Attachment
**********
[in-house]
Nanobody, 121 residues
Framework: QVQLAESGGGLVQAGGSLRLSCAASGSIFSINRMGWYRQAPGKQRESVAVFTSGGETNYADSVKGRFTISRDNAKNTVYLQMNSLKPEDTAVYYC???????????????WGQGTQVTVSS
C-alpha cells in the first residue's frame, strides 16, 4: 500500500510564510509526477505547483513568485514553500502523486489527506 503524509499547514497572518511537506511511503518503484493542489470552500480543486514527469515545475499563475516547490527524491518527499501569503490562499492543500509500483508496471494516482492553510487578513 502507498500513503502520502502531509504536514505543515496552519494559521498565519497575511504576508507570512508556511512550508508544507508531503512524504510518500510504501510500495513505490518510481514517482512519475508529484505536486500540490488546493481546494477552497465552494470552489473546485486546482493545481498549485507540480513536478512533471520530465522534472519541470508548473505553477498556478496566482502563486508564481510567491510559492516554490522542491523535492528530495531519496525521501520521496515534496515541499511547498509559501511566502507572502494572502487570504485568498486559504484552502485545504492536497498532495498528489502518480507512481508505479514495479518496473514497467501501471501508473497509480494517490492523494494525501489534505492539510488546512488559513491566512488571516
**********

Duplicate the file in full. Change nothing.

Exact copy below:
[in-house]
Nanobody, 121 residues
Framework: QVQLAESGGGLVQAGGSLRLSCAASGSIFSINRMGWYRQAPGKQRESVAVFTSGGETNYADSVKGRFTISRDNAKNTVYLQMNSLKPEDTAVYYC???????????????WGQGTQVTVSS
C-alpha cells in the first residue's frame, strides 16, 4: 500500500510564510509526477505547483513568485514553500502523486489527506 503524509499547514497572518511537506511511503518503484493542489470552500480543486514527469515545475499563475516547490527524491518527499501569503490562499492543500509500483508496471494516482492553510487578513 502507498500513503502520502502531509504536514505543515496552519494559521498565519497575511504576508507570512508556511512550508508544507508531503512524504510518500510504501510500495513505490518510481514517482512519475508529484505536486500540490488546493481546494477552497465552494470552489473546485486546482493545481498549485507540480513536478512533471520530465522534472519541470508548473505553477498556478496566482502563486508564481510567491510559492516554490522542491523535492528530495531519496525521501520521496515534496515541499511547498509559501511566502507572502494572502487570504485568498486559504484552502485545504492536497498532495498528489502518480507512481508505479514495479518496473514497467501501471501508473497509480494517490492523494494525501489534505492539510488546512488559513491566512488571516